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$166 million released for summer jobs.

President Clinton signed the abbreviated "son of stimulus" bill into law, P.L. 103-50, last week releasing more than $166 million to communities for the summer jobs program. These funds have already been made available to communities through local Service Delivery Areas (SDAs) under Title II-B of the Job Training Partnership Act (JTPA).

In addition, the Department of Labor is preparing instructions about how cities can apply for $50 million earmarked for the Youth Fair Chance (YFC) program.

With the one-time summer job funds just approved by Congress, communities will have funding for this summer's program from three sources: The 1993 base allocation, carry-over funds from the 1992 summer program, and the supplemental allocation. Even though the summer is well under way, the Department of Labor has stated it fully expects that "total fund availability will be expended this summer to the maximum extent feasible and that, correspondingly, the maximum number of youth will be served." According to the Department of Labor, communities may transfer up to ten percent of the summer jobs funds to the Title II-C year-round youth program.

Under current law, eligible youth must be between 14-21 years of age and be economically disadvantaged.

Youth Fair Chance Program (YFC)

The YFC program is a targeted, community-based program to provide comprehensive services to youth living in high poverty areas in the cities and rural areas of the nation.

The intent of the YFC program is to provide services through a community-wide planning to focus on youth problems such as dropping out of school, teen pregnancy, drug and gang involvement, lack of employment and training opportunities, lack of sports and recreation opportunities, and the need for family support, child development and health services.

The new law specifies that YFC grants are to be awarded competitively to not more than 25 areas. Communities that desire to participate in YFC must submit an application through the chief elected official that specifies measurable program goals, shows bow the resources of the community will be utilized, provides an assurance that all youth in the target area will have access to services, and provides evidence of support for the application from officials and leaders in the community.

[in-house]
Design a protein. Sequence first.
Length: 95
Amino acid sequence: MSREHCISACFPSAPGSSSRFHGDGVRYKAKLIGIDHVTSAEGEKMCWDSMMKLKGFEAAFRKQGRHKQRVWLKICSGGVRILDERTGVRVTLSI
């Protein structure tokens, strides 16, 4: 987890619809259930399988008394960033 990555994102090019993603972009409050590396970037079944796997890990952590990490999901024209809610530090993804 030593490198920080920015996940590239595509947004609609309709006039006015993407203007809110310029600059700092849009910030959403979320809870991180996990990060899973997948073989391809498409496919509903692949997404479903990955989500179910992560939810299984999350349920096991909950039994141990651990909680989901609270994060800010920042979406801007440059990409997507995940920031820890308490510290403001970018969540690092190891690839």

Factors specified in the law for determining YFC awards include: 1) the quality of the proposed project; 2) the goals to be achieved; 3) the likelihood of successful implementation; 4) the extent of community support; 5) other Federal and non-Federal funds available for similar purposes; and 6) additional State, local, or private resources that will be provided. Priority is to be given to communities with the highest poverty rates.

YFC grants will be awarded competitively through a Solicitation for Application or Request for Proposals. Grant applications are not expected to be accepted until sometime in the fall.

The program was authorized by the 1992 JTPA Amendments and is modeled after the Youth Opportunities Unlimited (YOU) demonstrations the Labor Department has funded over the past few years. The $50 million set-aside was proposed by Rep. Maxine Waters (D-Calif.), who represents Los Angeles, one of the YOU grant recipients.

Eligible individuals, who must be between 14 to 30 years old, can reside in urban or rural communities (urban census tracts or nonmetropolitan counties) with populations of not more than 50,000, having the highest concentration of poverty (30 percent or more) based on the latest Bureau of Census estimates; or in migrant or seasonal farmworker communities, native Alaskan villages, or Indian reservations.

The Clinton Administration FY 1994 .Budget requests $25 million for YFC.

Congress did not set aside any funds for the expansion and enrichment of the educational component of the summer jobs program, although the administration continues to strongly support such a component. The administration had originally requested that 30 percent of the supplemental funds be dedicated to academic enrichment.

Another administration-supported proposal that did not make it into the summer jobs supplemental was the ability of private sector employers to provide economically disadvantaged youth with summer employment opportunities. The 1992 JTPA amendments included provisions that would permit subsidizing private employers.
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Author:Quist, Janet
Publication:Nation's Cities Weekly
Date:Jul 12, 1993
Words:673
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